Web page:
Have you worked with someone whose communication style or behavior frustrates you? Extraverts and introverts exhibit significant differences in interaction preferences and work styles; they also differ in what, when, and how they communicate. Such differences can cause frayed nerves, misunderstandings, reduced productivity, and poor results. The good news is that extraverts and introverts who understand this dynamic can form powerful teams, benefit from each other's strengths, and laugh about their differences. Naomi Karten helps you broaden your awareness of introversion and extraversion and dispel your misconceptions about why “they” behave as they do. Learn exactly how these personality types perceive each other–the positives and the negatives–and gain insight into your own behavior and how it may affect others.
As software testers, how do we keep our skills fresh and up-to-date? In our line of work, there is always another build to test, more testing than we have time for, and small training budgets. Selena Delesie explains why skills improvement is critical for both individuals and organizations to succeed, and explores ongoing opportunities for you and your team to learn and practice new test skills. While improving skills requires time and effort, the benefits far outweigh the costs as you expand your career, improve the quality of your work, reduce time-to-delivery, and improve your reputation and your team’s value to the business. Learn some off-the-beaten-path ways you can enhance your skills, and discover the fun and benefits of hands-on learning. Selena demonstrates how crowdsourced and open source projects are excellent learning environments for testers.
Who drives your career as a tester or test leader? Hopefully, not the company for which you work. It's you-you must be the driver. Because the craft of testing is still relatively free and open, there is no authority structure that defines or controls our industry. There are no generally accepted and standardized credentials that will admit you to the upper tier of income and respect as a tester. There are no universities that offer degrees in testing-although certificates and certifications abound. What we do have is a pastiche of communities, proprietary methodologies, schools of thought-together with ambitious individuals who write articles, teach, argue with each other, and speak at conferences.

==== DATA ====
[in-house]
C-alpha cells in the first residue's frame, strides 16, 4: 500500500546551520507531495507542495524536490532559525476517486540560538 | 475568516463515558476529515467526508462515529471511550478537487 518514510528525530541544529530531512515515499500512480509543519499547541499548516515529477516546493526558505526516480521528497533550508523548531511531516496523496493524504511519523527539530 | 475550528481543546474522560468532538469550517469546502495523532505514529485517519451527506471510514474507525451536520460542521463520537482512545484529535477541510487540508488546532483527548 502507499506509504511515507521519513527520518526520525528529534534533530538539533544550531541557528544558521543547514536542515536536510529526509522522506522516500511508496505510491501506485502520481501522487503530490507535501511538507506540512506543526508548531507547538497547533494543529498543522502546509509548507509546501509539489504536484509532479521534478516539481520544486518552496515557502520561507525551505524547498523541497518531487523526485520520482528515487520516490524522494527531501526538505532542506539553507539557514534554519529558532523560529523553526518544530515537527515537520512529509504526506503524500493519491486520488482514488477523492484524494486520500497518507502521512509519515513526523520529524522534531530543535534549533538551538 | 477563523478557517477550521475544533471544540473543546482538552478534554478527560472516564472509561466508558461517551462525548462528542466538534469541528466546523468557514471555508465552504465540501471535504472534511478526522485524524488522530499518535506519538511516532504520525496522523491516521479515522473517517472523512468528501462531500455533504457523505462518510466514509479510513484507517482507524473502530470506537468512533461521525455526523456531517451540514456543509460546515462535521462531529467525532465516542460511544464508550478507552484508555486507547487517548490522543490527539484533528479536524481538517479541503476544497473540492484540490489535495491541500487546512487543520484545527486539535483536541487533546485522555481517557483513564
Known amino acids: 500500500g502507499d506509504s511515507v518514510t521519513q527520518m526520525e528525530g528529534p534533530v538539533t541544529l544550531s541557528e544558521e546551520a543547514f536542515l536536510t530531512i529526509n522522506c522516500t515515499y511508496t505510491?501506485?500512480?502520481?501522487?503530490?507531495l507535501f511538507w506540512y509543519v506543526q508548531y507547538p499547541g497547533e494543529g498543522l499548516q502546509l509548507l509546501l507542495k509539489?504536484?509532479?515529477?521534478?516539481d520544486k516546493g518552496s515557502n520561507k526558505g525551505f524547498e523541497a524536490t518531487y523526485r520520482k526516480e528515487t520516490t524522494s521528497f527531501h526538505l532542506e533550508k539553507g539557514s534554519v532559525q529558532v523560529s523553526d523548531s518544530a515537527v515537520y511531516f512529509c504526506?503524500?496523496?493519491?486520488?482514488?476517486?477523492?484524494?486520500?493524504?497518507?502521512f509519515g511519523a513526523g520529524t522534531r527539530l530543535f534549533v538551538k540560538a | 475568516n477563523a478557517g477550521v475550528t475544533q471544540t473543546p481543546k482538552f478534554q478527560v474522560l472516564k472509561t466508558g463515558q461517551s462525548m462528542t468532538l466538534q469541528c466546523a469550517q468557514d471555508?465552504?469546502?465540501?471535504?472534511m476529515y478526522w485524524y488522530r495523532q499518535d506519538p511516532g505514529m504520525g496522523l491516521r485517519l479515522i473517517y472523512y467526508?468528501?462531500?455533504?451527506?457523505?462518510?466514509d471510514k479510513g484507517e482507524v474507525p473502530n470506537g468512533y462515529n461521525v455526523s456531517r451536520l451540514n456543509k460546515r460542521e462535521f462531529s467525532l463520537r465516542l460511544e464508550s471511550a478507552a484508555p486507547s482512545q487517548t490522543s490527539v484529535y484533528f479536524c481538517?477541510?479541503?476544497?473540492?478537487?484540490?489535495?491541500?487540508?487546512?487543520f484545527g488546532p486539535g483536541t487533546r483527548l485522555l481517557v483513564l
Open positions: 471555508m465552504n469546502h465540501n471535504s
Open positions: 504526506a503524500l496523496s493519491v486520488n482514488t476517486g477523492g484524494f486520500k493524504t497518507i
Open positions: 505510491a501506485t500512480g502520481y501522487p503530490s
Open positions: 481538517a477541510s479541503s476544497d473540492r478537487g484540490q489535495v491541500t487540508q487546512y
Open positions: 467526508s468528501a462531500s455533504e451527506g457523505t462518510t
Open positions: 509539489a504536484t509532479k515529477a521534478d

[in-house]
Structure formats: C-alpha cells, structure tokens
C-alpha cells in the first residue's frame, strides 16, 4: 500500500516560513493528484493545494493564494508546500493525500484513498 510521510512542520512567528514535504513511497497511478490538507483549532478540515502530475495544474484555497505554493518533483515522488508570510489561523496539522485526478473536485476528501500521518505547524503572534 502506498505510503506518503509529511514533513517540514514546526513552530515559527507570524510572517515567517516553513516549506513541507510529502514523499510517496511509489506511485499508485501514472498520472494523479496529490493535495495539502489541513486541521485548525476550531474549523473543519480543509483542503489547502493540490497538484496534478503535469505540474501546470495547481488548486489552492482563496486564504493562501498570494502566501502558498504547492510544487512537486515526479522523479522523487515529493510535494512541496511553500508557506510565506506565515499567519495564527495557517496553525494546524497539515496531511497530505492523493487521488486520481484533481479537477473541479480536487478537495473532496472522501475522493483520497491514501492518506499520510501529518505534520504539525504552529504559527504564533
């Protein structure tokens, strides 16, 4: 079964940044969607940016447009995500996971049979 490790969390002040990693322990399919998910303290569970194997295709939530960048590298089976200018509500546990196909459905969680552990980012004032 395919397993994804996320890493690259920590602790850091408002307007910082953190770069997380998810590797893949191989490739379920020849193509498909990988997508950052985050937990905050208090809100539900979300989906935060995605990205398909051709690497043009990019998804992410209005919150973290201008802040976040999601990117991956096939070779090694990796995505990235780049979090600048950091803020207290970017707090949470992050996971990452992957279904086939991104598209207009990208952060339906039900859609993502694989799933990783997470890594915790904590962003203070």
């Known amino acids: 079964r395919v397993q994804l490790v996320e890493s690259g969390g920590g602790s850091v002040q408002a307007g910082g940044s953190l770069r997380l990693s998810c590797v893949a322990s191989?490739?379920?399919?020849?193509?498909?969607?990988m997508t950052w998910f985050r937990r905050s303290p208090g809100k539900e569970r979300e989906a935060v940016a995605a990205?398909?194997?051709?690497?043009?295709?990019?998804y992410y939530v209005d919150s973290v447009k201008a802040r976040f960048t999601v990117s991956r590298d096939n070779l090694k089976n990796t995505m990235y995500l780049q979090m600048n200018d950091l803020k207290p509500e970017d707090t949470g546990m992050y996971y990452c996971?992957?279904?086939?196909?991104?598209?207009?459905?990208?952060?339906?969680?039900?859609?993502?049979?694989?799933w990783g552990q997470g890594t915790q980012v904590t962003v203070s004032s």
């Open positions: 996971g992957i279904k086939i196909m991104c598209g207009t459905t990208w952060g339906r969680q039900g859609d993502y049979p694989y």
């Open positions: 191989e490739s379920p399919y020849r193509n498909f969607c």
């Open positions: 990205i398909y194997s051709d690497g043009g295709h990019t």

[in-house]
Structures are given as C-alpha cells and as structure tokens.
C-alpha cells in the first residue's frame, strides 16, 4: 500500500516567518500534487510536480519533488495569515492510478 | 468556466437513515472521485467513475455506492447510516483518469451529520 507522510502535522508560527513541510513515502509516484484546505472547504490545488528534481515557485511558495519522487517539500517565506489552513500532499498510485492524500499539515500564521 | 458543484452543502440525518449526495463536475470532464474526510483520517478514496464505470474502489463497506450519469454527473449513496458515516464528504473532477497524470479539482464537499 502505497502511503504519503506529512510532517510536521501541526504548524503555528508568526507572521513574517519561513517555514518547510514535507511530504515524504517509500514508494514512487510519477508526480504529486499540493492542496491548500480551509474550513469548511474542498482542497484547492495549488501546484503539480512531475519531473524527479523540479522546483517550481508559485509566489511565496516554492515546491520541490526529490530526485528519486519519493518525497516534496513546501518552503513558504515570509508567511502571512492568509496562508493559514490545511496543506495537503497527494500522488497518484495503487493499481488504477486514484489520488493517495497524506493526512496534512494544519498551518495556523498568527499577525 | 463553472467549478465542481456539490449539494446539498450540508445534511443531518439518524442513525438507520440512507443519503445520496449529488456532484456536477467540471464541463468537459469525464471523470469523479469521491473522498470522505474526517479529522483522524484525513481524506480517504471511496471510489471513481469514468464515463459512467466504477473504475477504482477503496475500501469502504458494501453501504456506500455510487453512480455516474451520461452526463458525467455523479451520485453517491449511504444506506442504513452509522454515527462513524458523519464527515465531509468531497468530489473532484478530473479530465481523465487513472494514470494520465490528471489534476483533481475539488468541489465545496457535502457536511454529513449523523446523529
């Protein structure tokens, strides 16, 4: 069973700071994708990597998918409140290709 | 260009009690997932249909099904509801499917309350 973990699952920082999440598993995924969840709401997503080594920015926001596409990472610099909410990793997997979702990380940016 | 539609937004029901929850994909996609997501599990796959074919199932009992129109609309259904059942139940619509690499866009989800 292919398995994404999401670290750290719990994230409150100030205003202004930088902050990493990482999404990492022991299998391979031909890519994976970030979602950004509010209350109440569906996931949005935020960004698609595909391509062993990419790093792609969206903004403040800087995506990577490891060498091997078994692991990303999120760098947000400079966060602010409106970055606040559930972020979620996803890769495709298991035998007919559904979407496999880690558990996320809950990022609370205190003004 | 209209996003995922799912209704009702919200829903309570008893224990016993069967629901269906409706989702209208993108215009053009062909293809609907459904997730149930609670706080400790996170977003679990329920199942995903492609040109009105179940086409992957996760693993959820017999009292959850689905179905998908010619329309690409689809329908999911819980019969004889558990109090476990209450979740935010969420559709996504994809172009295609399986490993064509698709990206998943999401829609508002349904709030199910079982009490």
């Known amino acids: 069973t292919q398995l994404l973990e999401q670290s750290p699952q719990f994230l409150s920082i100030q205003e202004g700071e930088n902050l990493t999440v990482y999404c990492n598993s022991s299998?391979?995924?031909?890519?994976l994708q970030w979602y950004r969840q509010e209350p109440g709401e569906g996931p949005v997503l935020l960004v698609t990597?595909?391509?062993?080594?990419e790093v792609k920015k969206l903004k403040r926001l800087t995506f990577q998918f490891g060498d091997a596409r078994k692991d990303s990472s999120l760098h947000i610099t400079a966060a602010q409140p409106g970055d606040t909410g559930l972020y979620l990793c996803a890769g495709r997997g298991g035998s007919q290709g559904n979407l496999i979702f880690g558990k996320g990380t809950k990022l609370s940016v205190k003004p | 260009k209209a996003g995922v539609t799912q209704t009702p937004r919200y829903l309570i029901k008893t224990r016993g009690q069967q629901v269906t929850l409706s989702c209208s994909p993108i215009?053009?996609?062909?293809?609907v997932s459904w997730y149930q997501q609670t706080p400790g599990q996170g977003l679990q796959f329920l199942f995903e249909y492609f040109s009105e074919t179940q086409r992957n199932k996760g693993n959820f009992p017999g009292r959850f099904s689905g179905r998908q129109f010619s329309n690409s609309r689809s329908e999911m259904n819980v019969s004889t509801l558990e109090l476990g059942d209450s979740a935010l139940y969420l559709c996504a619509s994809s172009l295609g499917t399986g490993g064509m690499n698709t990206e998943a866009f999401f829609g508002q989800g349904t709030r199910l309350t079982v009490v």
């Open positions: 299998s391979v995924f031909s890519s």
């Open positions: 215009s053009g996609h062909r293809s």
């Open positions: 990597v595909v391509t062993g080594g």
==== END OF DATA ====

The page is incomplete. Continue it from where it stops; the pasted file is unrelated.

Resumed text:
Even with the best tools and processes in the world, if your staff is not focused and productive, your testing efforts will be weak and ineffective and your finished product will reflect this. Retired Marine Colonel, long-time test consultant Rick Craig describes how using the Marine Corps Principles of Leadership will help you become a better leader and, as a result, a better test manager or tester. Learn the differences between leadership and management and how they can complement each other. Discover new approaches to energize your testers and learn to avoid some that won't. Rick explores motivation, morale, training, span of control, immersion time, and how to promote a consistent testing discipline within your organization. He addresses the role of "influence leaders" and how to use them as powerful agents of change.